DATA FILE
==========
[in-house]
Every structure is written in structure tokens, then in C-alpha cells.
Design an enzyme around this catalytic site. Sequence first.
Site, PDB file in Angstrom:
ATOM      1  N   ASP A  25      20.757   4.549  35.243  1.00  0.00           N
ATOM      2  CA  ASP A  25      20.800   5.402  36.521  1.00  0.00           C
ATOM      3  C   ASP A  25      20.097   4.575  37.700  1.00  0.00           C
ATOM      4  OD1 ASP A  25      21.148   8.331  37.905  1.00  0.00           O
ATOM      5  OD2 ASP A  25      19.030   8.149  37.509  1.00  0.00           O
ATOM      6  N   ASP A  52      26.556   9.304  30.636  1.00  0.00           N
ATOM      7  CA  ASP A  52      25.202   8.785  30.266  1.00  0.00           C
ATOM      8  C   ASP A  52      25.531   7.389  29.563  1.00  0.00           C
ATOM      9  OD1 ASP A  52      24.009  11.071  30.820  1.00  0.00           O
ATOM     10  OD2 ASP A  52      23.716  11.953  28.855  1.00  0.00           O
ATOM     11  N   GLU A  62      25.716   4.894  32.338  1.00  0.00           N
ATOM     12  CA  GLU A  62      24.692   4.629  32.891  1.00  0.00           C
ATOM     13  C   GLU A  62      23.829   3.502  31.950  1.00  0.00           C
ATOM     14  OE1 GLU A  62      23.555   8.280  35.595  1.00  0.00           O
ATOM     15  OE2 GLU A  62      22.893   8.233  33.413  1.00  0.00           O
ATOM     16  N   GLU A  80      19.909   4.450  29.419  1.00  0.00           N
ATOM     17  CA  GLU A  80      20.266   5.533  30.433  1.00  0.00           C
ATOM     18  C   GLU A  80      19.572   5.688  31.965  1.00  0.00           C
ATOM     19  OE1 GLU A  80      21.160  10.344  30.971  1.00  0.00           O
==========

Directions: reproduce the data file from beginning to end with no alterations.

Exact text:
[in-house]
Every structure is written in structure tokens, then in C-alpha cells.
Design an enzyme around this catalytic site. Sequence first.
Site, PDB file in Angstrom:
ATOM      1  N   ASP A  25      20.757   4.549  35.243  1.00  0.00           N
ATOM      2  CA  ASP A  25      20.800   5.402  36.521  1.00  0.00           C
ATOM      3  C   ASP A  25      20.097   4.575  37.700  1.00  0.00           C
ATOM      4  OD1 ASP A  25      21.148   8.331  37.905  1.00  0.00           O
ATOM      5  OD2 ASP A  25      19.030   8.149  37.509  1.00  0.00           O
ATOM      6  N   ASP A  52      26.556   9.304  30.636  1.00  0.00           N
ATOM      7  CA  ASP A  52      25.202   8.785  30.266  1.00  0.00           C
ATOM      8  C   ASP A  52      25.531   7.389  29.563  1.00  0.00           C
ATOM      9  OD1 ASP A  52      24.009  11.071  30.820  1.00  0.00           O
ATOM     10  OD2 ASP A  52      23.716  11.953  28.855  1.00  0.00           O
ATOM     11  N   GLU A  62      25.716   4.894  32.338  1.00  0.00           N
ATOM     12  CA  GLU A  62      24.692   4.629  32.891  1.00  0.00           C
ATOM     13  C   GLU A  62      23.829   3.502  31.950  1.00  0.00           C
ATOM     14  OE1 GLU A  62      23.555   8.280  35.595  1.00  0.00           O
ATOM     15  OE2 GLU A  62      22.893   8.233  33.413  1.00  0.00           O
ATOM     16  N   GLU A  80      19.909   4.450  29.419  1.00  0.00           N
ATOM     17  CA  GLU A  80      20.266   5.533  30.433  1.00  0.00           C
ATOM     18  C   GLU A  80      19.572   5.688  31.965  1.00  0.00           C
ATOM     19  OE1 GLU A  80      21.160  10.344  30.971  1.00  0.00           O